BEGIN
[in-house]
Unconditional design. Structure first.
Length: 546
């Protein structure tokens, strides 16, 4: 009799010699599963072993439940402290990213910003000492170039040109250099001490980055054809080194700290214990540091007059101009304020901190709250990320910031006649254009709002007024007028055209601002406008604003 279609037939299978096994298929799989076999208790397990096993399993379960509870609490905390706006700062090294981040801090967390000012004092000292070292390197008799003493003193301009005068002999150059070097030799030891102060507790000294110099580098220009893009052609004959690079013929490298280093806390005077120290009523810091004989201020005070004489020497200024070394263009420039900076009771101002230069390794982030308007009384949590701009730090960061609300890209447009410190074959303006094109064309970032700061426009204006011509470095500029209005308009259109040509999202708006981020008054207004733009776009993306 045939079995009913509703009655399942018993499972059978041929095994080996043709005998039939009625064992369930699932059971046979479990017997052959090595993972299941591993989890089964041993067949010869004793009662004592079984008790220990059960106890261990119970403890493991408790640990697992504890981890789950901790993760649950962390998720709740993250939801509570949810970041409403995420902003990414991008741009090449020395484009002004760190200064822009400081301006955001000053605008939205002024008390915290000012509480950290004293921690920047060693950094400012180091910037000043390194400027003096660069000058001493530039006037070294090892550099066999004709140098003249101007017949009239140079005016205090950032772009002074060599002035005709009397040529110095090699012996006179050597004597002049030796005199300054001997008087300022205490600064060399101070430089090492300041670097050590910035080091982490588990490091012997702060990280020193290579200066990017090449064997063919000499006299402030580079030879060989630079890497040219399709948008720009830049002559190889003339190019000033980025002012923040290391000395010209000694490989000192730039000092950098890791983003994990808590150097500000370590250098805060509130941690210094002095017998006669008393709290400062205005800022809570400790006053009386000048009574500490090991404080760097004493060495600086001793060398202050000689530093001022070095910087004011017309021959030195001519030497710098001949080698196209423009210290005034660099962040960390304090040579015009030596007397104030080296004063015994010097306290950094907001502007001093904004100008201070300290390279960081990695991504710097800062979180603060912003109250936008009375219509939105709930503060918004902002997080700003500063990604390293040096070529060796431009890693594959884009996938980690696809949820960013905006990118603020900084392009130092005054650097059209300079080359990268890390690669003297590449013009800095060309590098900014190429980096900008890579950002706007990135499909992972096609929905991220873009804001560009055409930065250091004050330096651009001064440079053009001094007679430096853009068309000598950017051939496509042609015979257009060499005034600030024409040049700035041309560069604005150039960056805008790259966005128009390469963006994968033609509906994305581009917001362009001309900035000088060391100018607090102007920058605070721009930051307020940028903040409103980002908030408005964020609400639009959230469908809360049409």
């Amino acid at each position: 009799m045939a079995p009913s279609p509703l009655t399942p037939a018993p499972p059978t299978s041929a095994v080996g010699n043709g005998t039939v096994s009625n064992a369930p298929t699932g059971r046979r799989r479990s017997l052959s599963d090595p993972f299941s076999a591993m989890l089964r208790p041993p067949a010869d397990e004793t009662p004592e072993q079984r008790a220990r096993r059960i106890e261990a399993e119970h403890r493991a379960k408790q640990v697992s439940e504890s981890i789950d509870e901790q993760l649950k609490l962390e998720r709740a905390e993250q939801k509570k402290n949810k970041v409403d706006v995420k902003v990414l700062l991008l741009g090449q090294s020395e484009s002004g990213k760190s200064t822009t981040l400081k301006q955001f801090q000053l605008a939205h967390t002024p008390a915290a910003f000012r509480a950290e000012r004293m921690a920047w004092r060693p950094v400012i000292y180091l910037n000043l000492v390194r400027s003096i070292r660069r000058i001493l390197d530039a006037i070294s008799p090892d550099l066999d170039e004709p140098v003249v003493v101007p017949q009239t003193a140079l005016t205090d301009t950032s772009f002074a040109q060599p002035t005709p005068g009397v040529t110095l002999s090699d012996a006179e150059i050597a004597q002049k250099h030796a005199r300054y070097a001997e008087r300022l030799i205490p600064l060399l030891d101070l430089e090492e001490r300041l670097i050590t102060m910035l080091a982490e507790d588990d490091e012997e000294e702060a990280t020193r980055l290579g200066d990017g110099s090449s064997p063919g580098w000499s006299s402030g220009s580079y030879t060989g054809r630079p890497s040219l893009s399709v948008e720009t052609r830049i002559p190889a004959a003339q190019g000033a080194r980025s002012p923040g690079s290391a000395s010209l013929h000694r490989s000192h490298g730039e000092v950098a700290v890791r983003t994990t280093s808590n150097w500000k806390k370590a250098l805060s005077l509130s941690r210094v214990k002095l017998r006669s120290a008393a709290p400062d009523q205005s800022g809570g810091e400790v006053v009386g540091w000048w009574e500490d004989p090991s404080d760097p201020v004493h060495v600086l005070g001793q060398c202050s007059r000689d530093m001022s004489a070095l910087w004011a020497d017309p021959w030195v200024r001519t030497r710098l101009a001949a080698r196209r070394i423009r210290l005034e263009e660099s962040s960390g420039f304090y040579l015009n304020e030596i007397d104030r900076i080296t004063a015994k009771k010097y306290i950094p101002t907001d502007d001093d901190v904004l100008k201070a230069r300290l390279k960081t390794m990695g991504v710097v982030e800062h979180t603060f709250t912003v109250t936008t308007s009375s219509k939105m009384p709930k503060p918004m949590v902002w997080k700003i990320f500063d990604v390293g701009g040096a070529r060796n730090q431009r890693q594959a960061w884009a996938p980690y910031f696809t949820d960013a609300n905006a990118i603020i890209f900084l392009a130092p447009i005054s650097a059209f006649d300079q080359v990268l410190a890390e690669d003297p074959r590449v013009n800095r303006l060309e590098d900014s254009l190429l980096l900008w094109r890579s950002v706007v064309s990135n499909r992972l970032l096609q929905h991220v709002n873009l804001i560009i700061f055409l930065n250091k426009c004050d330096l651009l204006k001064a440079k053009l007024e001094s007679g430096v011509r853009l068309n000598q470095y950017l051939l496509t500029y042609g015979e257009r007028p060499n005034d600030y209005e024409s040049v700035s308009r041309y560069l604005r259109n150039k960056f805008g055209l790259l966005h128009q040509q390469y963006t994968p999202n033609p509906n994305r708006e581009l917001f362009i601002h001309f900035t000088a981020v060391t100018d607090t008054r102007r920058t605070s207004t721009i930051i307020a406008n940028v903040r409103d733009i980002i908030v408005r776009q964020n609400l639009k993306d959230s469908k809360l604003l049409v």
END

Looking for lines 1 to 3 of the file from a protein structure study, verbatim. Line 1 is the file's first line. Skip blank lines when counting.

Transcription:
[in-house]
Unconditional design. Structure first.
Length: 546